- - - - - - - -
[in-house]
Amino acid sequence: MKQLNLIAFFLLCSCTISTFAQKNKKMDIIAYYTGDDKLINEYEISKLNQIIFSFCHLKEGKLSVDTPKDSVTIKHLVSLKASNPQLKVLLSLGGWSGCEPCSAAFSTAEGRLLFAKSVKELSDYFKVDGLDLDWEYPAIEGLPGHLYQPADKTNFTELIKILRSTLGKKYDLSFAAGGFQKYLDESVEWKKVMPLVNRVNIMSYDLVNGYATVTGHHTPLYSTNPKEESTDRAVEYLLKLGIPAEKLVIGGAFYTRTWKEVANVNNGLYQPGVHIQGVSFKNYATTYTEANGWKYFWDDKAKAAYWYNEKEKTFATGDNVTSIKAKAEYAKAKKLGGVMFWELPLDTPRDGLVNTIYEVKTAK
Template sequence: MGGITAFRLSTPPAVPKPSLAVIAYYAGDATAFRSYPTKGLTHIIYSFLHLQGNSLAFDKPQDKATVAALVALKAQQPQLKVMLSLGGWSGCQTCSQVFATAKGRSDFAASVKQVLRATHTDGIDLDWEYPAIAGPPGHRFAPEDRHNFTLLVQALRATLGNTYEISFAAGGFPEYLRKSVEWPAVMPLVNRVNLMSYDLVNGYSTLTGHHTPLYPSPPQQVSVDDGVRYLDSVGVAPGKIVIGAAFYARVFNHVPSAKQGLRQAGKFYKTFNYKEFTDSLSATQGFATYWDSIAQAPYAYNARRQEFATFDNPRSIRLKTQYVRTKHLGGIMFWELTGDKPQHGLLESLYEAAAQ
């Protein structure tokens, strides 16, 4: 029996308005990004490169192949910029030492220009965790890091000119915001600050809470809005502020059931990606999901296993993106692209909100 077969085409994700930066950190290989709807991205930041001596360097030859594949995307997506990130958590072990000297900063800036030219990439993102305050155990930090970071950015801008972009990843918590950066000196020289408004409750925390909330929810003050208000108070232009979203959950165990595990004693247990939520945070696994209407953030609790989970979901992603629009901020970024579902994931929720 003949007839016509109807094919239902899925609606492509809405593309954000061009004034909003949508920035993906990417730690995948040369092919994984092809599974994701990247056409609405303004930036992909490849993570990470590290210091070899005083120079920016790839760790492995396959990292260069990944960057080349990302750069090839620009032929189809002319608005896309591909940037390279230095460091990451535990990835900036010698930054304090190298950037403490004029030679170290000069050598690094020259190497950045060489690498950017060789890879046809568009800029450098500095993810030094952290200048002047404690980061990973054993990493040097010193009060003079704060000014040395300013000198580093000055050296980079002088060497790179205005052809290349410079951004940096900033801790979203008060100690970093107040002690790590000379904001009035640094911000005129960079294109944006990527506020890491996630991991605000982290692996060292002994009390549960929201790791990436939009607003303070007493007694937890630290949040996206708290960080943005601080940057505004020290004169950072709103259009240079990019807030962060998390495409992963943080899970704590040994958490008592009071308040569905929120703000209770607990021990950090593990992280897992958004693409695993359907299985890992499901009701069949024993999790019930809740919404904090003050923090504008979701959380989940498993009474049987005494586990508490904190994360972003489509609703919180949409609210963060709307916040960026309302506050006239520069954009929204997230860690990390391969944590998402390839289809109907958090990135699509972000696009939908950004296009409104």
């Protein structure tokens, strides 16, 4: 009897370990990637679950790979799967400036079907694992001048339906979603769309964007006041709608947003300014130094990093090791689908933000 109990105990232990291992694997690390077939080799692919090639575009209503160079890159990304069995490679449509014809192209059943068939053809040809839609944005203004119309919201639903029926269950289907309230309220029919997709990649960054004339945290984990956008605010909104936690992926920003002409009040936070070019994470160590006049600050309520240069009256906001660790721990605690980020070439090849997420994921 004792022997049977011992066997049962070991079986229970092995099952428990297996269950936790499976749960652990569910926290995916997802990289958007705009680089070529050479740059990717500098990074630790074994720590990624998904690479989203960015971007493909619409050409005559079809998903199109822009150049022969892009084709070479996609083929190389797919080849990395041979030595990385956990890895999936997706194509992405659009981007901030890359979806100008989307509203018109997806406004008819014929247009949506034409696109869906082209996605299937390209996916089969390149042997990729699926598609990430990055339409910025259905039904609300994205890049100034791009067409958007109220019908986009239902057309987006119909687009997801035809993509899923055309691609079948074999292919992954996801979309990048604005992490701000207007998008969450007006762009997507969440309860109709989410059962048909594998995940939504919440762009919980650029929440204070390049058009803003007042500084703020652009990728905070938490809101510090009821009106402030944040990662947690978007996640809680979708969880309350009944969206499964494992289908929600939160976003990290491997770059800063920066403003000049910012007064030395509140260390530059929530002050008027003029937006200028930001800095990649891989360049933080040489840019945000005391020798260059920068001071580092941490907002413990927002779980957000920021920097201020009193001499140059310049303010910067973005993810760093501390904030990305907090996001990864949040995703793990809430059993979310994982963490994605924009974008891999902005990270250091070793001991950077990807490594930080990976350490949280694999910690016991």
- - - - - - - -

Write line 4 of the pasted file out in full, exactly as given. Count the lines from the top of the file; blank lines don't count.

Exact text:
């Protein structure tokens, strides 16, 4: 029996308005990004490169192949910029030492220009965790890091000119915001600050809470809005502020059931990606999901296993993106692209909100 077969085409994700930066950190290989709807991205930041001596360097030859594949995307997506990130958590072990000297900063800036030219990439993102305050155990930090970071950015801008972009990843918590950066000196020289408004409750925390909330929810003050208000108070232009979203959950165990595990004693247990939520945070696994209407953030609790989970979901992603629009901020970024579902994931929720 003949007839016509109807094919239902899925609606492509809405593309954000061009004034909003949508920035993906990417730690995948040369092919994984092809599974994701990247056409609405303004930036992909490849993570990470590290210091070899005083120079920016790839760790492995396959990292260069990944960057080349990302750069090839620009032929189809002319608005896309591909940037390279230095460091990451535990990835900036010698930054304090190298950037403490004029030679170290000069050598690094020259190497950045060489690498950017060789890879046809568009800029450098500095993810030094952290200048002047404690980061990973054993990493040097010193009060003079704060000014040395300013000198580093000055050296980079002088060497790179205005052809290349410079951004940096900033801790979203008060100690970093107040002690790590000379904001009035640094911000005129960079294109944006990527506020890491996630991991605000982290692996060292002994009390549960929201790791990436939009607003303070007493007694937890630290949040996206708290960080943005601080940057505004020290004169950072709103259009240079990019807030962060998390495409992963943080899970704590040994958490008592009071308040569905929120703000209770607990021990950090593990992280897992958004693409695993359907299985890992499901009701069949024993999790019930809740919404904090003050923090504008979701959380989940498993009474049987005494586990508490904190994360972003489509609703919180949409609210963060709307916040960026309302506050006239520069954009929204997230860690990390391969944590998402390839289809109907958090990135699509972000696009939908950004296009409104």